Doctor of Philosophy in Computer Science

The Doctor of Philosophy (Ph.D.) is the highest degree offered in any discipline. It is intended for those who will pursue research in the field. The degree is usually required to teach computer science at the university level, and for employment in prestigious industrial research laboratories. Students may enter the doctoral program with a bachelor's degree or with a master's degree, and must have adequate background in computer science. Since completion of the degree requires presentation of a dissertation comprising of original research, the time required is pre-determined. Four to six years of full-time work are typical, less if the student enters with a master's degree in CS. 

There is extensive information on doctoral requirements in the PSU Bulletin, and students are responsible for familiarizing themselves with that information. Departmental requirements are given below.



Upon being accepted as a graduate student, you will be assigned a faculty adviser. Doctoral students are also assigned additional faculty members to make up a preliminary advisory committee. Each student will be assigned a three-person preliminary advisory committee during their first term.  The role of this committee is to monitor the student's overall progress through the program, to offer general academic guidance to the student, and to provide a resource to the student in resolving academic or advising problems.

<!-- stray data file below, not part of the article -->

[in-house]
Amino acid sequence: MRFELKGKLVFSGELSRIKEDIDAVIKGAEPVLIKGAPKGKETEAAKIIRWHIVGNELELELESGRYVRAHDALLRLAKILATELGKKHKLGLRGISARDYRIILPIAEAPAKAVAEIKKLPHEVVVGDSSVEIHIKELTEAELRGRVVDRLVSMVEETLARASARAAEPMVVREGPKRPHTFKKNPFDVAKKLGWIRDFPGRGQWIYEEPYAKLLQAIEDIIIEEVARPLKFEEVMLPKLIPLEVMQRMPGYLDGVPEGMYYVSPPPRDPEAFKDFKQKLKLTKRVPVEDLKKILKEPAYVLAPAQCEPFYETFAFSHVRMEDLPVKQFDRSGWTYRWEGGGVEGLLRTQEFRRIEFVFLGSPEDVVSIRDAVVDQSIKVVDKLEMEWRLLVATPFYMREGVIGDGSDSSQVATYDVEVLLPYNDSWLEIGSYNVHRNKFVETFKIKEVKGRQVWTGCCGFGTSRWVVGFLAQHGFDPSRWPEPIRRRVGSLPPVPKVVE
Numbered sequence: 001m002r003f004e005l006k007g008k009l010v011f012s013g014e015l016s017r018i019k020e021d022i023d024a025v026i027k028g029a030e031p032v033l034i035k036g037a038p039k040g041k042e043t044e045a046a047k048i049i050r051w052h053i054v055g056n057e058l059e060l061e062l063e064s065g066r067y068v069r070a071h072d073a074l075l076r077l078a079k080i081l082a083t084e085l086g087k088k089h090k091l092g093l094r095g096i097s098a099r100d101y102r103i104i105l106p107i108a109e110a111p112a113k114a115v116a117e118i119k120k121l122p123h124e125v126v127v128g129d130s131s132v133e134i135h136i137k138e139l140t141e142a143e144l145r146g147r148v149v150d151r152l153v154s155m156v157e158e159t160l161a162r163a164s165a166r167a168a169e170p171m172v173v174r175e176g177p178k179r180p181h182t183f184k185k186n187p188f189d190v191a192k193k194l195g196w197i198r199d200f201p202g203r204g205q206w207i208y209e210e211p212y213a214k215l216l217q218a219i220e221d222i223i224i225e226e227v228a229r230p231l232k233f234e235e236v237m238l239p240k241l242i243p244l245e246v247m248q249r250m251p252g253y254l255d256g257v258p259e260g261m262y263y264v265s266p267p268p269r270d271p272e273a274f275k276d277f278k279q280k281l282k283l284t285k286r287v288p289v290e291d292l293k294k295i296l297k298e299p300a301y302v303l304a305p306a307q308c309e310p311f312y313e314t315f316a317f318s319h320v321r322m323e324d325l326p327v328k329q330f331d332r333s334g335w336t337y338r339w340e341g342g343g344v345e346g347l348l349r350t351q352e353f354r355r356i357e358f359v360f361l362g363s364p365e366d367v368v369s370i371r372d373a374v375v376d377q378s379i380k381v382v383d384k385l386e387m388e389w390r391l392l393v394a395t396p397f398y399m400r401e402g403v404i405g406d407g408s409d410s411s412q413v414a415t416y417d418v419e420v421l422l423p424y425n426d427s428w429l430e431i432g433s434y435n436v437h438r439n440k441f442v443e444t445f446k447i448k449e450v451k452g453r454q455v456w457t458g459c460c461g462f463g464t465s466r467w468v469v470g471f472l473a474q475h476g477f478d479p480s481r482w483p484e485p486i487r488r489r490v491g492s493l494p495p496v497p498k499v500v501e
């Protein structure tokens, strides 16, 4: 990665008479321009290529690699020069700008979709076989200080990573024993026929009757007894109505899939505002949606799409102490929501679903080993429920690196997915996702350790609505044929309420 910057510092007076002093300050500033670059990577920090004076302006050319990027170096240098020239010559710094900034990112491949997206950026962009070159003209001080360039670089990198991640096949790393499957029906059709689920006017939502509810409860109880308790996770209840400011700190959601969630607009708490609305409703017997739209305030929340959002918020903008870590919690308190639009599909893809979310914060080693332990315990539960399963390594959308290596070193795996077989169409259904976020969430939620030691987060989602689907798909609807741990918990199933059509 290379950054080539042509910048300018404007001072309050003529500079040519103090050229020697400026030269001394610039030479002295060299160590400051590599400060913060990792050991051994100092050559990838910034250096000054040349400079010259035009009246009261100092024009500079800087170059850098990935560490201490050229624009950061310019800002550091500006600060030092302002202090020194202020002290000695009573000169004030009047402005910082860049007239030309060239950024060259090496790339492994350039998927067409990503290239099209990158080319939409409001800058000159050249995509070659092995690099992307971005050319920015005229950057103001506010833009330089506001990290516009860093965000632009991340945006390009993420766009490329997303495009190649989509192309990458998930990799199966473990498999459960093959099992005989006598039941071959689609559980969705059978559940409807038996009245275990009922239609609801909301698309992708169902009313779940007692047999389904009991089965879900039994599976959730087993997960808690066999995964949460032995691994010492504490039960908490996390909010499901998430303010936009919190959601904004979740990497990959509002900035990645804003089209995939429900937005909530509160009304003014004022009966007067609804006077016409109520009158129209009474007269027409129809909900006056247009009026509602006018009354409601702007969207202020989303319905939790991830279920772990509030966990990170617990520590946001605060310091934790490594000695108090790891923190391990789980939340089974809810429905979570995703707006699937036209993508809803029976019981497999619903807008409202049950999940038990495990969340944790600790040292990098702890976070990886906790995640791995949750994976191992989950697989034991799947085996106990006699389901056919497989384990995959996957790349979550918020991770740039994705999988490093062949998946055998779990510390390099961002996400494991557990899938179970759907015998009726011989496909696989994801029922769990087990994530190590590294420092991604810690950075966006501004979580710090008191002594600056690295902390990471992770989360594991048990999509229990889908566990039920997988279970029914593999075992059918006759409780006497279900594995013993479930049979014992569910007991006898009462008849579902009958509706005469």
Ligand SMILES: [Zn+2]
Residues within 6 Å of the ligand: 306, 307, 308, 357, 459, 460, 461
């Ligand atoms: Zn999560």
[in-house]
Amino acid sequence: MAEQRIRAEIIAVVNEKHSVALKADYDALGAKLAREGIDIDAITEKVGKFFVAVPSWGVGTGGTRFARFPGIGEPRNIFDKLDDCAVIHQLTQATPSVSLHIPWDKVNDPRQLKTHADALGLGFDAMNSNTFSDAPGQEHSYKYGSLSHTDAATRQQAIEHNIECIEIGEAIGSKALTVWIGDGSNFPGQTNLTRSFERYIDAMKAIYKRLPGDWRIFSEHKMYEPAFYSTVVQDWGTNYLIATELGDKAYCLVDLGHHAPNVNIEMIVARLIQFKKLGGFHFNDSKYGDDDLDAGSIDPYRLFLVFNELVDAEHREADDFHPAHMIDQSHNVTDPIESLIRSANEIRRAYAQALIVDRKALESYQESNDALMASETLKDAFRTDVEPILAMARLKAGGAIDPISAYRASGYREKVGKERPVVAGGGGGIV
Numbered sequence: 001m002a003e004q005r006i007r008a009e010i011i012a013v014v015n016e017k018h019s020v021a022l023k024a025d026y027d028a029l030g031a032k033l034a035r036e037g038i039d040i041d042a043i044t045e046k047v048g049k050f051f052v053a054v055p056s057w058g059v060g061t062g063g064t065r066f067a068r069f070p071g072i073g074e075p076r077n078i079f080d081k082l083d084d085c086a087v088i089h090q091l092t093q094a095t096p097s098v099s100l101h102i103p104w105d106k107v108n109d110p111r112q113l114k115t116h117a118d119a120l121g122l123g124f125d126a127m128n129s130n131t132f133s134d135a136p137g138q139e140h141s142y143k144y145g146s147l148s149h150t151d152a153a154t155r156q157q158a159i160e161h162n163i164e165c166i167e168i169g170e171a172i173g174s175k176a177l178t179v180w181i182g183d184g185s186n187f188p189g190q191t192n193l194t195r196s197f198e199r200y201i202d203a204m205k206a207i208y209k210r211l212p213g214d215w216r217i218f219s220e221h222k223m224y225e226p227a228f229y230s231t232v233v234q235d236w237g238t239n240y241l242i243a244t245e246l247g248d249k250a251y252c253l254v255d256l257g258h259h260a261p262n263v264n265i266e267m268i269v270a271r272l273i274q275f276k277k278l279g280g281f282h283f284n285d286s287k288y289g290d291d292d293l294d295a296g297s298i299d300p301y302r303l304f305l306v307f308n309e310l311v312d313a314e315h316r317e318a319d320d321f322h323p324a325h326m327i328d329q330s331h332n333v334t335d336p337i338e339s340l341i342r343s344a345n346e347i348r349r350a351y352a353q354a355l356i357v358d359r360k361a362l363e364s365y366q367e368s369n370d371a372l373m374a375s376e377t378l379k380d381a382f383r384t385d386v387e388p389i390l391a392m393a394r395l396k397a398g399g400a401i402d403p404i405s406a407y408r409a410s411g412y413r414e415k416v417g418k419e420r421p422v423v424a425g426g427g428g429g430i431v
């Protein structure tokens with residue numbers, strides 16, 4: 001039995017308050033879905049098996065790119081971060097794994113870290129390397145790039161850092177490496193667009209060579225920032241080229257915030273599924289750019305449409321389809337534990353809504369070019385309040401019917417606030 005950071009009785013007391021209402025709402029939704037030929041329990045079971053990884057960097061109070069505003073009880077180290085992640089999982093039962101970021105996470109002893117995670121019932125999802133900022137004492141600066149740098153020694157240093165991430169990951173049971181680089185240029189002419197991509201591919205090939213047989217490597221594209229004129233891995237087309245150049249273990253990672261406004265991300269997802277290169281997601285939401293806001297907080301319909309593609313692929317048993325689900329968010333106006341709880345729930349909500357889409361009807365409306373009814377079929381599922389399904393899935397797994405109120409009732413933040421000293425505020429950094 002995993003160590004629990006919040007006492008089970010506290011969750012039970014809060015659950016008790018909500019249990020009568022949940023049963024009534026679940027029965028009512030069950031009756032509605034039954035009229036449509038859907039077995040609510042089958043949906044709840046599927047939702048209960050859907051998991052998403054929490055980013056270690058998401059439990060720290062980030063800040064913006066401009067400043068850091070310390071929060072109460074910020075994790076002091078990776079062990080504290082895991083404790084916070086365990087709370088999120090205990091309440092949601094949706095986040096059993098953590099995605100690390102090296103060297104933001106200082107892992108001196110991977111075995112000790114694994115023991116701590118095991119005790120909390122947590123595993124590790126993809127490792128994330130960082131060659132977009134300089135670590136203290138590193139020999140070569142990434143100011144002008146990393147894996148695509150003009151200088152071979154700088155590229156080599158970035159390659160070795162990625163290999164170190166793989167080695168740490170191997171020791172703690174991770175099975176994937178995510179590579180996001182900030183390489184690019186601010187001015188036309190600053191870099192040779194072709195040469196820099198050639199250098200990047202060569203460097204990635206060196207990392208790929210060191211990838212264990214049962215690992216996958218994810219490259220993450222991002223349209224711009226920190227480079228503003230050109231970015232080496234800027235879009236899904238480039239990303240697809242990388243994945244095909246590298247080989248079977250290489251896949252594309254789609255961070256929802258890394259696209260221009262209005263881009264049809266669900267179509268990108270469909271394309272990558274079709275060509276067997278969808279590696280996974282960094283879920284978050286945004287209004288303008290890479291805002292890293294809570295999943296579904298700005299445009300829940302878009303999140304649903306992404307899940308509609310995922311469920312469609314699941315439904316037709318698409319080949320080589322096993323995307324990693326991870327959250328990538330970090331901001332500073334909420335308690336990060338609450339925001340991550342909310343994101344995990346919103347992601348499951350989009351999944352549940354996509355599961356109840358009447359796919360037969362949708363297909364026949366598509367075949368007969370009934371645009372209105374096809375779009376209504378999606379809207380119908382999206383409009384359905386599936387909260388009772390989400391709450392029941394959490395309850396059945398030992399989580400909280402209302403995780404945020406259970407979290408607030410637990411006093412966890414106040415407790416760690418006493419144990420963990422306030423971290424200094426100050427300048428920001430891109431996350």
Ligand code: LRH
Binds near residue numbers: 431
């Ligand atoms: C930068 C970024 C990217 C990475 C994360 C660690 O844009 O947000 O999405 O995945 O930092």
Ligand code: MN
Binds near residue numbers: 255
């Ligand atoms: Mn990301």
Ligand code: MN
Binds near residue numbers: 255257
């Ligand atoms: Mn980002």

• The committee is created by the CS director of graduate studies in consultation with the faculty advisor and the student.  It will include the student's academic advisor.  The other members of the committee may be from outside the research area of the advisor.
  • The committee will meet with the student in the fall and spring terms to generate a written assessment of progress and to set goals in writing for the next term.
  • The committee, in consultation with the CS director of graduate studies, has the authority to delay the student's RPE date. 
  • The committee's opinion shall have strong weight in determining whether the student should continue to receive departmental support in the form of a teaching assistantship.
  • The advisory committee's role is taken over by the dissertation committee when the student completes the RPE and forms a dissertation committee.

When you begin research work on a Ph.D. dissertation, you should change your adviser to the person who will supervise your dissertation. Your adviser must be a full-time faculty member, and he or she must agree to the change. Once you have identified a new advisor, you must submit a 'change of advisor form' to the Graduate Advisor.There are PSU regulations about advising duties (particularly for doctoral degrees). Make sure that any change has been properly recorded and processed by the Computer Science Office.